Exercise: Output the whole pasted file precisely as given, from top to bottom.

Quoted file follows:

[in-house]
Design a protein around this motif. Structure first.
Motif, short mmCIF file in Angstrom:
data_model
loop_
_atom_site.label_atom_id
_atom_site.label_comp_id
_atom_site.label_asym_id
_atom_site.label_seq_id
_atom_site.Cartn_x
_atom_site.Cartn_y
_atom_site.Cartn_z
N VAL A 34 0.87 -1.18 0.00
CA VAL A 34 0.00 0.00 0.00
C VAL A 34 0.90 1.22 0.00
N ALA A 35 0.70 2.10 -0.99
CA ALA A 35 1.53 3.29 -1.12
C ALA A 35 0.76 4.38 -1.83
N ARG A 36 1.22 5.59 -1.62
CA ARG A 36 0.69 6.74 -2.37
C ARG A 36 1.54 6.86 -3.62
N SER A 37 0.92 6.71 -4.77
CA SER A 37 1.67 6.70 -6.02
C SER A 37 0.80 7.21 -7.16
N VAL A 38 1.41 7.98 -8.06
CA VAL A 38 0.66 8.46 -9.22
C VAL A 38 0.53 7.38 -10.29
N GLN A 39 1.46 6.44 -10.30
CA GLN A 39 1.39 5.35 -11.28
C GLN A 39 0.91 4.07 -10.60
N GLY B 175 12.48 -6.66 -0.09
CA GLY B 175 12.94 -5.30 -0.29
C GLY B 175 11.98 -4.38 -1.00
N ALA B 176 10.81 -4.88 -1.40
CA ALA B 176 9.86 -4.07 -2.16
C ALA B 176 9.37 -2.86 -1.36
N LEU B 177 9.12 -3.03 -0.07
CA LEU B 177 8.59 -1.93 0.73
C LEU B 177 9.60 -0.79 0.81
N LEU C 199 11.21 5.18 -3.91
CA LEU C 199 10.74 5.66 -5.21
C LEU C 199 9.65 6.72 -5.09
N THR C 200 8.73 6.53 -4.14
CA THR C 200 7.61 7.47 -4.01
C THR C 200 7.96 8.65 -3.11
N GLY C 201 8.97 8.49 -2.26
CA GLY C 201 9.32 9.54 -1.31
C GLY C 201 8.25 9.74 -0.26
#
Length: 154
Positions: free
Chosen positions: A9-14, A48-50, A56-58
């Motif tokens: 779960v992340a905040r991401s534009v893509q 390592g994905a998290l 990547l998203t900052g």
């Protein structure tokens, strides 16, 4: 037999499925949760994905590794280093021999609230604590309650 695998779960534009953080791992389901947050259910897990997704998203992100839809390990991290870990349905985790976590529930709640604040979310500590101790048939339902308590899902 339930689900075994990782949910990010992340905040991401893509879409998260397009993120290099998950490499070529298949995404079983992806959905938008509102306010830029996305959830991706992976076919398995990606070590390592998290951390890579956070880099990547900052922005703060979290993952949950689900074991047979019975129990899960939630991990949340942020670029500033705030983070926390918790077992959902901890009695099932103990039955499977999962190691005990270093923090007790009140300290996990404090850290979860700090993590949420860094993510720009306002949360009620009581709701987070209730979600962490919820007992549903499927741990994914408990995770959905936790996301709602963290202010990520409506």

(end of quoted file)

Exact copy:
[in-house]
Design a protein around this motif. Structure first.
Motif, short mmCIF file in Angstrom:
data_model
loop_
_atom_site.label_atom_id
_atom_site.label_comp_id
_atom_site.label_asym_id
_atom_site.label_seq_id
_atom_site.Cartn_x
_atom_site.Cartn_y
_atom_site.Cartn_z
N VAL A 34 0.87 -1.18 0.00
CA VAL A 34 0.00 0.00 0.00
C VAL A 34 0.90 1.22 0.00
N ALA A 35 0.70 2.10 -0.99
CA ALA A 35 1.53 3.29 -1.12
C ALA A 35 0.76 4.38 -1.83
N ARG A 36 1.22 5.59 -1.62
CA ARG A 36 0.69 6.74 -2.37
C ARG A 36 1.54 6.86 -3.62
N SER A 37 0.92 6.71 -4.77
CA SER A 37 1.67 6.70 -6.02
C SER A 37 0.80 7.21 -7.16
N VAL A 38 1.41 7.98 -8.06
CA VAL A 38 0.66 8.46 -9.22
C VAL A 38 0.53 7.38 -10.29
N GLN A 39 1.46 6.44 -10.30
CA GLN A 39 1.39 5.35 -11.28
C GLN A 39 0.91 4.07 -10.60
N GLY B 175 12.48 -6.66 -0.09
CA GLY B 175 12.94 -5.30 -0.29
C GLY B 175 11.98 -4.38 -1.00
N ALA B 176 10.81 -4.88 -1.40
CA ALA B 176 9.86 -4.07 -2.16
C ALA B 176 9.37 -2.86 -1.36
N LEU B 177 9.12 -3.03 -0.07
CA LEU B 177 8.59 -1.93 0.73
C LEU B 177 9.60 -0.79 0.81
N LEU C 199 11.21 5.18 -3.91
CA LEU C 199 10.74 5.66 -5.21
C LEU C 199 9.65 6.72 -5.09
N THR C 200 8.73 6.53 -4.14
CA THR C 200 7.61 7.47 -4.01
C THR C 200 7.96 8.65 -3.11
N GLY C 201 8.97 8.49 -2.26
CA GLY C 201 9.32 9.54 -1.31
C GLY C 201 8.25 9.74 -0.26
#
Length: 154
Positions: free
Chosen positions: A9-14, A48-50, A56-58
């Motif tokens: 779960v992340a905040r991401s534009v893509q 390592g994905a998290l 990547l998203t900052g």
């Protein structure tokens, strides 16, 4: 037999499925949760994905590794280093021999609230604590309650 695998779960534009953080791992389901947050259910897990997704998203992100839809390990991290870990349905985790976590529930709640604040979310500590101790048939339902308590899902 339930689900075994990782949910990010992340905040991401893509879409998260397009993120290099998950490499070529298949995404079983992806959905938008509102306010830029996305959830991706992976076919398995990606070590390592998290951390890579956070880099990547900052922005703060979290993952949950689900074991047979019975129990899960939630991990949340942020670029500033705030983070926390918790077992959902901890009695099932103990039955499977999962190691005990270093923090007790009140300290996990404090850290979860700090993590949420860094993510720009306002949360009620009581709701987070209730979600962490919820007992549903499927741990994914408990995770959905936790996301709602963290202010990520409506």